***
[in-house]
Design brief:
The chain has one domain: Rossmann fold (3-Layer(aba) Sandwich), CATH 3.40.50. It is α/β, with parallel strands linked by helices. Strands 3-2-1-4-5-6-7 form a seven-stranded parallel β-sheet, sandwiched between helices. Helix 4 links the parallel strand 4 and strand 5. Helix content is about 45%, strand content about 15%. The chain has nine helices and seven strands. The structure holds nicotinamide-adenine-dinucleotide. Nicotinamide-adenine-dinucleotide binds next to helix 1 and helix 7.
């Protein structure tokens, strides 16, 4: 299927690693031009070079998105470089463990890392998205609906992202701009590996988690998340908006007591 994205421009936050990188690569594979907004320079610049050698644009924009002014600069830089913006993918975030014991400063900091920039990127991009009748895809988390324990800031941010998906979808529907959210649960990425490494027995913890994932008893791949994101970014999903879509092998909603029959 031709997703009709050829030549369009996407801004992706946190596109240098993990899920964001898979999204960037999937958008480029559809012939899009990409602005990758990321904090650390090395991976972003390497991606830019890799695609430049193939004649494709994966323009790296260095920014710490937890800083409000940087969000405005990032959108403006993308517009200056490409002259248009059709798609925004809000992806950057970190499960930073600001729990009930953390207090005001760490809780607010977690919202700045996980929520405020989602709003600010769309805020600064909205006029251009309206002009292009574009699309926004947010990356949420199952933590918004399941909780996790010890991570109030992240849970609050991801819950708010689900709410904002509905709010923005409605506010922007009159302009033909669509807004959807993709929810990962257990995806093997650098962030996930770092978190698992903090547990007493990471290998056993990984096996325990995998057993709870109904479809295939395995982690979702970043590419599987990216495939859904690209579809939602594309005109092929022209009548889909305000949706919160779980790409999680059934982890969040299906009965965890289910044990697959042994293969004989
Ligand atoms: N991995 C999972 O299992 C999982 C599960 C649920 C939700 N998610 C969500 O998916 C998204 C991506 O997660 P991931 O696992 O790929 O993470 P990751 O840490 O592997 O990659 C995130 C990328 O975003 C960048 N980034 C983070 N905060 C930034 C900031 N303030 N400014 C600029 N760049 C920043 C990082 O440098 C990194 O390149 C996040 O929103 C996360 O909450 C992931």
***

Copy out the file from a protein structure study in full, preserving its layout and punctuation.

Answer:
[in-house]
Design brief:
The chain has one domain: Rossmann fold (3-Layer(aba) Sandwich), CATH 3.40.50. It is α/β, with parallel strands linked by helices. Strands 3-2-1-4-5-6-7 form a seven-stranded parallel β-sheet, sandwiched between helices. Helix 4 links the parallel strand 4 and strand 5. Helix content is about 45%, strand content about 15%. The chain has nine helices and seven strands. The structure holds nicotinamide-adenine-dinucleotide. Nicotinamide-adenine-dinucleotide binds next to helix 1 and helix 7.
């Protein structure tokens, strides 16, 4: 299927690693031009070079998105470089463990890392998205609906992202701009590996988690998340908006007591 994205421009936050990188690569594979907004320079610049050698644009924009002014600069830089913006993918975030014991400063900091920039990127991009009748895809988390324990800031941010998906979808529907959210649960990425490494027995913890994932008893791949994101970014999903879509092998909603029959 031709997703009709050829030549369009996407801004992706946190596109240098993990899920964001898979999204960037999937958008480029559809012939899009990409602005990758990321904090650390090395991976972003390497991606830019890799695609430049193939004649494709994966323009790296260095920014710490937890800083409000940087969000405005990032959108403006993308517009200056490409002259248009059709798609925004809000992806950057970190499960930073600001729990009930953390207090005001760490809780607010977690919202700045996980929520405020989602709003600010769309805020600064909205006029251009309206002009292009574009699309926004947010990356949420199952933590918004399941909780996790010890991570109030992240849970609050991801819950708010689900709410904002509905709010923005409605506010922007009159302009033909669509807004959807993709929810990962257990995806093997650098962030996930770092978190698992903090547990007493990471290998056993990984096996325990995998057993709870109904479809295939395995982690979702970043590419599987990216495939859904690209579809939602594309005109092929022209009548889909305000949706919160779980790409999680059934982890969040299906009965965890289910044990697959042994293969004989
Ligand atoms: N991995 C999972 O299992 C999982 C599960 C649920 C939700 N998610 C969500 O998916 C998204 C991506 O997660 P991931 O696992 O790929 O993470 P990751 O840490 O592997 O990659 C995130 C990328 O975003 C960048 N980034 C983070 N905060 C930034 C900031 N303030 N400014 C600029 N760049 C920043 C990082 O440098 C990194 O390149 C996040 O929103 C996360 O909450 C992931």